The Volubilis International Festival, Meknes July 3-8, seems to take place under the radar of the ‘cultural tourism’ circuit. Virtually no foreign visitors were in evidence at this 14th edition. Gabe Monson, from The View from Fez, felt privileged to be there and offers her take on the highlights.
Local audiences embraced Volubilis Festival’s six nights of Moroccan and world music, with good reason. The program was free, diverse and well chosen. Local acts ranged from sing-along favourites and established genres to rising ‘New Scene’ groups. Stage, sound and lighting production was excellent. Security was friendly, the atmosphere relaxed in both the riverside Jardin Lahboul, and the bustling Place Lahdim, by the landmark Bab Mansour
International theatrical troupes included Turkish Folklor Kuruma and the gloriously costumed acrobatic Peking Opera of Heilongjiang, touring Morocco, Algeria and Tunisia.
|Peking Opera of Heilongjiang|
As well as music from Guadelope, Peru, Spain, Poland and France, Africa was well represented. Paille (Martinique) provided contemporary dancehall sounds, while Ivory Coast group N’GOHA OBV opened their set at the level where most groups aim to climax. If Place Lahdim had a roof, they surely would have lifted it off.
During their set I wondered for a moment how the long established Moroccan folkloric group Izenzaren Iggout, waiting in the wings, were feeling, listening to the riotous act they were to follow.
However, Moroccans love their own, and within a few bars, the audience was as enthusiastic for their poetic Amazigh songs as they had been the night before for Cheb Kader’s urban Rai, his challenging lyrics laced with funky guitar riffs and delicious fiddle.
The program became more focused on Moroccan music towards the end of the week, spiced with exuberant Spanish flamenco and fusion jazz.
|Maria Angeles Gabaldon|
Indeed, the Festival, organised by the Ministry of Culture in partnership with the region Meknès-Tafilalet, provided a great showcase of Moroccan music across the regions and generations. It was clear from the audience responses that traditional forms continue their relevance and appeal, as superb musicians play creatively with lyrics and diverse instrumentation.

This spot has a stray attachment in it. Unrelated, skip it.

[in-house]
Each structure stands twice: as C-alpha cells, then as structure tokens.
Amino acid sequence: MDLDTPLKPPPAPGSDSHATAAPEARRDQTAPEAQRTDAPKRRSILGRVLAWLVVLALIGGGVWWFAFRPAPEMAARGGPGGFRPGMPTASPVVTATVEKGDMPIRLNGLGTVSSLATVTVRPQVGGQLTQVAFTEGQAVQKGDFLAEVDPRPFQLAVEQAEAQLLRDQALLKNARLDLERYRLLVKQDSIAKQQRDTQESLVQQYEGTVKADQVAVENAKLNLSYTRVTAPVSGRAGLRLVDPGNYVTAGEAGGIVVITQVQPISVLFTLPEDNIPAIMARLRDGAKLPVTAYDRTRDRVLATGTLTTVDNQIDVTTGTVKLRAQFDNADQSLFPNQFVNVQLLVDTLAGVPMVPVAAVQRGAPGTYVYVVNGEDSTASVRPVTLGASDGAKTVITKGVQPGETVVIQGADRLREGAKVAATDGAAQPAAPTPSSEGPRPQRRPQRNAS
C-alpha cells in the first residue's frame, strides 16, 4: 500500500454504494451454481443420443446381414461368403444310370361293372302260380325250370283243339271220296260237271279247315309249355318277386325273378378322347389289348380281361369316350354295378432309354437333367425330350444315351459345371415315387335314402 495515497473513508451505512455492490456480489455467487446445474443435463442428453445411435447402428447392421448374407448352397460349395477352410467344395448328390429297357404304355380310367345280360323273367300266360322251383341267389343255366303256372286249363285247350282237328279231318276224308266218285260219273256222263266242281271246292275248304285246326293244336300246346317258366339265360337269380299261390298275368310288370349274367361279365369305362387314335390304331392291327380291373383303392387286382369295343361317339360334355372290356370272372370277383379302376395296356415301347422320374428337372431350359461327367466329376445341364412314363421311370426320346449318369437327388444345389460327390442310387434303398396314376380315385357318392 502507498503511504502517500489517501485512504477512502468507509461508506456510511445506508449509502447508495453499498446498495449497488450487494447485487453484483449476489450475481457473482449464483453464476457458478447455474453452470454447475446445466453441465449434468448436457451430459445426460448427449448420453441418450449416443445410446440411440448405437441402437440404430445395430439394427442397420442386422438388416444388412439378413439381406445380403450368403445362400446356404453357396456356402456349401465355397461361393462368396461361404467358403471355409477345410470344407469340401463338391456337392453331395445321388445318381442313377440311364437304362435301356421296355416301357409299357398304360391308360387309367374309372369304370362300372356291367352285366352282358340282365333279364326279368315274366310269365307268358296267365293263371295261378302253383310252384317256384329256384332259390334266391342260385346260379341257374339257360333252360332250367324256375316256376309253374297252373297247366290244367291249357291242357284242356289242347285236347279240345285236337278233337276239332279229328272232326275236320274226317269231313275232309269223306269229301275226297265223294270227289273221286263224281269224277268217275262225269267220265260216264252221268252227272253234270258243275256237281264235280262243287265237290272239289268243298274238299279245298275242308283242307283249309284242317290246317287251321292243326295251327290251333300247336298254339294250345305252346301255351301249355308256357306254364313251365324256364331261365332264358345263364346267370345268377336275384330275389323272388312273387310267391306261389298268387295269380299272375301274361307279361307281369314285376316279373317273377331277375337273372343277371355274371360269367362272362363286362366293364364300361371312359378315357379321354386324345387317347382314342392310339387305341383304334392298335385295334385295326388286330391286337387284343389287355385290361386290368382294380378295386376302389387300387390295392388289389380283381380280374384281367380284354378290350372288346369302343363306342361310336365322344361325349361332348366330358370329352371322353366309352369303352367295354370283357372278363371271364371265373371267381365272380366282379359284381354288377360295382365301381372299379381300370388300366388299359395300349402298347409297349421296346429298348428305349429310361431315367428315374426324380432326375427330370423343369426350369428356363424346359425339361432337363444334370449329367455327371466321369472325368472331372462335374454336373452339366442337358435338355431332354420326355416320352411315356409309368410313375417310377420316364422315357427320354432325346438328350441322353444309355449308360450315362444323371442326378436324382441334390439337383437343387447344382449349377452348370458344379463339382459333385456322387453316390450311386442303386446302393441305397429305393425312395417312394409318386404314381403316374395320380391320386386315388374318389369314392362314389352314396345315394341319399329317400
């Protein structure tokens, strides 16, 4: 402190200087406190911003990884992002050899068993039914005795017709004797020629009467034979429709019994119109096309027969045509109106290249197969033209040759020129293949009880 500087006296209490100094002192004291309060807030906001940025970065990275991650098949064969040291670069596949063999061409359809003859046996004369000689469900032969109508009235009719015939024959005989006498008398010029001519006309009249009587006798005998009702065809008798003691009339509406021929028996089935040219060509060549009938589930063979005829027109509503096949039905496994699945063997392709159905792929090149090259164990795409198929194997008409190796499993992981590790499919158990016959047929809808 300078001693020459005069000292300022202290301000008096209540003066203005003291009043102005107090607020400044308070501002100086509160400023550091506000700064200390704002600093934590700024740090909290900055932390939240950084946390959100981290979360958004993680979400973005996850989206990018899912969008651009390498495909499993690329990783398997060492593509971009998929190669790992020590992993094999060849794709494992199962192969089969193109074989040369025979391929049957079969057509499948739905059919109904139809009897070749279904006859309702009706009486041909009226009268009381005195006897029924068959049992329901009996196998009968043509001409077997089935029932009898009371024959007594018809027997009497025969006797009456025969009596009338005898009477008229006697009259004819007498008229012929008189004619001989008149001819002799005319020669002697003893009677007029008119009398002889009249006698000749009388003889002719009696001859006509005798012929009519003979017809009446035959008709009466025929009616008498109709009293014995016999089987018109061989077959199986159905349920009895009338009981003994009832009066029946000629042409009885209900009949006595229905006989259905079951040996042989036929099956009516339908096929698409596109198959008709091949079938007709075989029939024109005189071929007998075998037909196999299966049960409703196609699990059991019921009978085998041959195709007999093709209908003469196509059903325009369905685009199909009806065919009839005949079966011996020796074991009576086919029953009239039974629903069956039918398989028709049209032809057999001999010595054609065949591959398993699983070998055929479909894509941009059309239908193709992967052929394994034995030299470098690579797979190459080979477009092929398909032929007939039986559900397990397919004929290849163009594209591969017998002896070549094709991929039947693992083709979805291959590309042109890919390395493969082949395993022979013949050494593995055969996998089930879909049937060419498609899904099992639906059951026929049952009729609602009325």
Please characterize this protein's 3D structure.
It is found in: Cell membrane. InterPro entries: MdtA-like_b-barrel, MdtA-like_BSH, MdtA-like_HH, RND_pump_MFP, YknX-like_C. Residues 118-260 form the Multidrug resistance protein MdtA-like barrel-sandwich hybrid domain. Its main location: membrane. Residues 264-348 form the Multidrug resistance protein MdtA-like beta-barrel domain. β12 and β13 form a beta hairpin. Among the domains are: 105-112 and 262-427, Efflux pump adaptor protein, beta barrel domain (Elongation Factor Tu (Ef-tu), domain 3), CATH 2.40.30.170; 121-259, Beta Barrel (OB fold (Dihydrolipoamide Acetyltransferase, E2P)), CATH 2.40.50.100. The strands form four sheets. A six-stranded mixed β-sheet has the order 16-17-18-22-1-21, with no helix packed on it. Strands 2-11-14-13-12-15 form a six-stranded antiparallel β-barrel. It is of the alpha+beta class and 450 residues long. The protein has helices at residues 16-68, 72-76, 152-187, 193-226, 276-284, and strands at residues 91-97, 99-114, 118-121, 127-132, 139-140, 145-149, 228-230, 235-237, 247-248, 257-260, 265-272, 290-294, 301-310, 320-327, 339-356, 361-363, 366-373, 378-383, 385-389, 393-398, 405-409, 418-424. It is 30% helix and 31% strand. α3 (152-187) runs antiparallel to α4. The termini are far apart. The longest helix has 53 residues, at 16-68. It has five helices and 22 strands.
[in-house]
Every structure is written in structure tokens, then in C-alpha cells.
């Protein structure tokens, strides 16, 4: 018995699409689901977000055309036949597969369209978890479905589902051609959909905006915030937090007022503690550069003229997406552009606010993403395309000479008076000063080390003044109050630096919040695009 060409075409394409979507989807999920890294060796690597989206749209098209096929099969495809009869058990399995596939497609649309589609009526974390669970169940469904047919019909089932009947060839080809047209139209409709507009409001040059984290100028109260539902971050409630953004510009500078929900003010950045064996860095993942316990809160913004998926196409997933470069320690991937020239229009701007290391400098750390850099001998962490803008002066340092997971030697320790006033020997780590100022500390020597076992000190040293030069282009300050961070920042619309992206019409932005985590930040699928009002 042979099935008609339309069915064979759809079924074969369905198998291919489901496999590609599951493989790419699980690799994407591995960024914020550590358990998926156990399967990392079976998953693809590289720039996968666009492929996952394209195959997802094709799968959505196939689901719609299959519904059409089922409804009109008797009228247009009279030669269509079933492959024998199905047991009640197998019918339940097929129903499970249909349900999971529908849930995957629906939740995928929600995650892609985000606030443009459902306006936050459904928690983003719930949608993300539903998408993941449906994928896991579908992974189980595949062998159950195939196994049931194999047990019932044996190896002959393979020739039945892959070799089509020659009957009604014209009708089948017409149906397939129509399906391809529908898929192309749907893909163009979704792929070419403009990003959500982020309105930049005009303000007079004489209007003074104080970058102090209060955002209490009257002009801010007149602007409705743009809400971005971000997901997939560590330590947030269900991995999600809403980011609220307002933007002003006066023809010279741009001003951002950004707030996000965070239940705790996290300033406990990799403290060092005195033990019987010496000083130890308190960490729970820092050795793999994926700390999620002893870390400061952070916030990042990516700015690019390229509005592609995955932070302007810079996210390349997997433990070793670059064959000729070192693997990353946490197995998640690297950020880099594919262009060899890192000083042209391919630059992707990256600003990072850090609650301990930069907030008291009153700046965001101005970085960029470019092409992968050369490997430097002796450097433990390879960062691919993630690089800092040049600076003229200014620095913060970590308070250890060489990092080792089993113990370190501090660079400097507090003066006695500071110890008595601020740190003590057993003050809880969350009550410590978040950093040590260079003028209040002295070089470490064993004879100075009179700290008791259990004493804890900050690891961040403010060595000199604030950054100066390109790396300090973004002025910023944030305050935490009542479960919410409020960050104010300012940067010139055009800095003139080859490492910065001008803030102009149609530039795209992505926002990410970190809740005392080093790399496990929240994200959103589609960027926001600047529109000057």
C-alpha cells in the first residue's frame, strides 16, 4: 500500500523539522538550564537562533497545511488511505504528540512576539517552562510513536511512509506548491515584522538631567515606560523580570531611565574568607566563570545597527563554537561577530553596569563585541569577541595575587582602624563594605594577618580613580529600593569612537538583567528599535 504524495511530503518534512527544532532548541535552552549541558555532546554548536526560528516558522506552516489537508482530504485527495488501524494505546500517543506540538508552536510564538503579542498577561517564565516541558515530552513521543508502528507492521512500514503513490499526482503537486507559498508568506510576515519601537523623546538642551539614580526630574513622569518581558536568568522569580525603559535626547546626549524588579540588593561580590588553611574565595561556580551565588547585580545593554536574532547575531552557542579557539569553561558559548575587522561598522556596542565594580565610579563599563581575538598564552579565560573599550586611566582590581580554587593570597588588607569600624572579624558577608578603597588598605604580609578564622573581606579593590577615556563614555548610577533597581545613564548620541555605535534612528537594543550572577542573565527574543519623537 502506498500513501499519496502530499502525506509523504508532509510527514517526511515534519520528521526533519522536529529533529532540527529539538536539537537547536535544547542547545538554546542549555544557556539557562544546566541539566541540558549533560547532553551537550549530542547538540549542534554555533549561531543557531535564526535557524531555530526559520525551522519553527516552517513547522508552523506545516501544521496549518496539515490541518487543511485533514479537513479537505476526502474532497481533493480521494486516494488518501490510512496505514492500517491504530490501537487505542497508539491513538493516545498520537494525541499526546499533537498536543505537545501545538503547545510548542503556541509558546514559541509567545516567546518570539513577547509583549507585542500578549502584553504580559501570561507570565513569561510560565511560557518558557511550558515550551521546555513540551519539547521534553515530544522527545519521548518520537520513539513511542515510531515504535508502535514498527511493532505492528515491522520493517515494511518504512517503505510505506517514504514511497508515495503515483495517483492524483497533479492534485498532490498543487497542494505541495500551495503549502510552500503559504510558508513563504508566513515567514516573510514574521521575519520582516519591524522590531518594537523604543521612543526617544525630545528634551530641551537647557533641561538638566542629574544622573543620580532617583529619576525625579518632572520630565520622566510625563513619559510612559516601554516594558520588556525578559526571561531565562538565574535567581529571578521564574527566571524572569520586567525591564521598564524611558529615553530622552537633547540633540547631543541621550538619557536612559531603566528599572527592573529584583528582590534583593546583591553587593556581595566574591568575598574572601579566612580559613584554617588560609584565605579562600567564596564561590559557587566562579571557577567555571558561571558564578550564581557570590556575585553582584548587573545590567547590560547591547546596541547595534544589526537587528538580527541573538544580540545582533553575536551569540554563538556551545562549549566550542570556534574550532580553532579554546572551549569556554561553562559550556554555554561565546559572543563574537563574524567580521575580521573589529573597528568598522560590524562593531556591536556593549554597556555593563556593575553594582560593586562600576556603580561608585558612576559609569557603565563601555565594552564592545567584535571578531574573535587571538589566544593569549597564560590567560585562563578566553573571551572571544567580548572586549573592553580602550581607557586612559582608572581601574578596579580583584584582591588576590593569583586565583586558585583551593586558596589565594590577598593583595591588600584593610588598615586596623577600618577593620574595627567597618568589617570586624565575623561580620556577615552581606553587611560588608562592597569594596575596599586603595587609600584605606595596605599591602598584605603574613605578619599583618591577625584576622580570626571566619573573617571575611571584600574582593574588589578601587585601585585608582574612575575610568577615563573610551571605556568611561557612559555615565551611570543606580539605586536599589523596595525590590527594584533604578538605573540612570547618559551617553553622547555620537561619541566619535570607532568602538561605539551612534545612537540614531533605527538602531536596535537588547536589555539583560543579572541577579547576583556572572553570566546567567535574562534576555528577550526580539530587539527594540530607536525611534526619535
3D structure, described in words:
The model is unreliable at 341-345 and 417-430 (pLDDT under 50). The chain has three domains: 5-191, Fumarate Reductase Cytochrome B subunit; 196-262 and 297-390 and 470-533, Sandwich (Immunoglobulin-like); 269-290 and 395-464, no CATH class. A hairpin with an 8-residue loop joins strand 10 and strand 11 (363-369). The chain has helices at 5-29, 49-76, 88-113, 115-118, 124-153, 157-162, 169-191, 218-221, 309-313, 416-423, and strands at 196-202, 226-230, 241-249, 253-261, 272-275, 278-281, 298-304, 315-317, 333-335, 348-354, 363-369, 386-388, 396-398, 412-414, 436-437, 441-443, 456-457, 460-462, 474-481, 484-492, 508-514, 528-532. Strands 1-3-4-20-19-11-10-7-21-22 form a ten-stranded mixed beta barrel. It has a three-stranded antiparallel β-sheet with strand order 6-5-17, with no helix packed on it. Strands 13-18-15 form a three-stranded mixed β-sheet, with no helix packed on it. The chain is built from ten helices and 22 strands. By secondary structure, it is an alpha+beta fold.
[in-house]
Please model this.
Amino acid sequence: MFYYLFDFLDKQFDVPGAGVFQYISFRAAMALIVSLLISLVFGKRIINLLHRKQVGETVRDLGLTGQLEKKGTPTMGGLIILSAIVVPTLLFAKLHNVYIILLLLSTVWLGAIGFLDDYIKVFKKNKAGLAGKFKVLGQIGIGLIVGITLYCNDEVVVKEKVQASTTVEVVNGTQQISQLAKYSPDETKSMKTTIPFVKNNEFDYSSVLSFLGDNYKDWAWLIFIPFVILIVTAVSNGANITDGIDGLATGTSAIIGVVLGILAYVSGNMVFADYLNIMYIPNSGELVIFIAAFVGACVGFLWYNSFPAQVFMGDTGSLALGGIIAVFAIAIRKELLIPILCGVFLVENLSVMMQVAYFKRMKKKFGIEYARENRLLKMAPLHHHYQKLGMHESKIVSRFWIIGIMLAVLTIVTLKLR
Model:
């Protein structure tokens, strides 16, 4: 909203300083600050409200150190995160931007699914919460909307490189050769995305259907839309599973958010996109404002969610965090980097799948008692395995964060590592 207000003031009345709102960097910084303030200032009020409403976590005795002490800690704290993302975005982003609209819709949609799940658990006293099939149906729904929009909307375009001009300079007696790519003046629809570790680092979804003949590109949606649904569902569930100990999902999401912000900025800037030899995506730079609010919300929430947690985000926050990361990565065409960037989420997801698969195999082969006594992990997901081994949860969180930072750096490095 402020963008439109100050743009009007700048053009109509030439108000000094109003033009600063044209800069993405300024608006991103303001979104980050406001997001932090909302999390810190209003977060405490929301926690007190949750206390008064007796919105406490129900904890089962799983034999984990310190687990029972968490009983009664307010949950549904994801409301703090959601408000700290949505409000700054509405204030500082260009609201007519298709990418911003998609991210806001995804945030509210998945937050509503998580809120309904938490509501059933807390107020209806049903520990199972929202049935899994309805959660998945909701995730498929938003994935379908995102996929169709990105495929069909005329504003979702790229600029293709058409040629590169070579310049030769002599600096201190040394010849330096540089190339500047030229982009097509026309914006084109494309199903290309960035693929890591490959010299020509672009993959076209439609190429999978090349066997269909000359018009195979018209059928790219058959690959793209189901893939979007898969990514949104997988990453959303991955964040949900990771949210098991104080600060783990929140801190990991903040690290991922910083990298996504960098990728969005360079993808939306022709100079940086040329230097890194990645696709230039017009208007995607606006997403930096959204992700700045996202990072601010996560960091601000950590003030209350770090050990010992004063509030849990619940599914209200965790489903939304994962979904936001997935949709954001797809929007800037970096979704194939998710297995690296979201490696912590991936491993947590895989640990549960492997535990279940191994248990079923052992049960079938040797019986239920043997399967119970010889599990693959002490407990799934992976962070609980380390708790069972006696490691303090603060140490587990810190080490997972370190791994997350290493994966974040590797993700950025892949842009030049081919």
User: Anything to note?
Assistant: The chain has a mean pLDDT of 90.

Jil el Maana combined Southern Gnawa rhythms with melhoun poetic quatrains. New York based SSAHHA, led by Moroccan born jazz pianist Amino Belyamani, featured perhaps the most unusual instrumental combination of the Festival, or maybe any festival. A traditional Gnawa guimbri sat alongside a grand piano, tuned to the quarter tones needed to mesh with an (electric) oud.
|Moroccan born jazz pianist Amino Belyamani|
Saturday night saw rising ‘New Style’ groups in a packed Place Lahdim. Amazigh language band Fuzz Anaruz (Fusion Hope) from Khemisset supported Heat Spirit from El Jadida. These articulate young performers shone a light on contemporary issues with clearly written songs going directly to the experience of their young audience.
The crowd roared along with Heat Spirit’s current single Boustane Jamil. As lead singer Soukaina FAHSI explained; ‘This song is about the difference between the version of the world we are told in school- get good marks, and everything will be OK -and the reality of life; that it is such a struggle.’
Soukaina is a girl to watch in the future, her confidence and stage presence way outshining the limited opportunities that these young groups get to perform live. Indeed, these young bands and musicians deserve a separate article, which will follow on The View From Fes shortly.
|Soukaina is a girl to watch|
On the last night, Fatima Zahraa Laaroussi’s set of well known, operatically ornamented love songs was delivered with a sense of generous joy. She sang like the cat who’d got the cream. And truly any singer who can front a capacity audience and the Meknes Orchestra, (including five male backing singers, five percussionists and a four piece string section) so warmly, while looking so good in a little black caftan, and rousing whole areas of youth to football-style chanting, deserves to enjoy herself.
|Fatima Zahraa Laaroussi|
But the real finale was yet to come.
A little confused by the program booklet (which runs backwards in non-English) thought the night was over, the orchestra just a little slow to leave, when suddenly the lights strobed, the audience went berserk and pop superstar Saad Lamjarred bounded onto the stage.
A cross between Bruce Springsteen and a Jet from West Side Story, this man has the action. Oh yeah, the boy can play. The son of famous performer parents, with the energy of a soccer player and the smile of a corsair, charisma pours from his pores.
|pop superstar Saad Lamjarred|
He strutted, leaped, joked and teased the crowd, encouraging people to come forward, even onstage. He kissed babies and young men, danced with ladies and reassured the sudden line of burly security; It’s OK, it’s OK. He was the Boss.
Afaf Razouki, summed up the Volubilis festival in Le Matin with: ‘This opening on the world confirms the will of the organisers to reinforce the values of exchange, tolerance and friendliness, while celebrating the art of living in ancestral and warm-hearted Morocco.’
I would sum it up by quoting Saad Lamjarred’s opening stage line: ‘I’m so glad to be here’. So was I. Now, you know about this little gem of a Festival too. Next year, be there. I will.
Text and photographs: Gabe Monson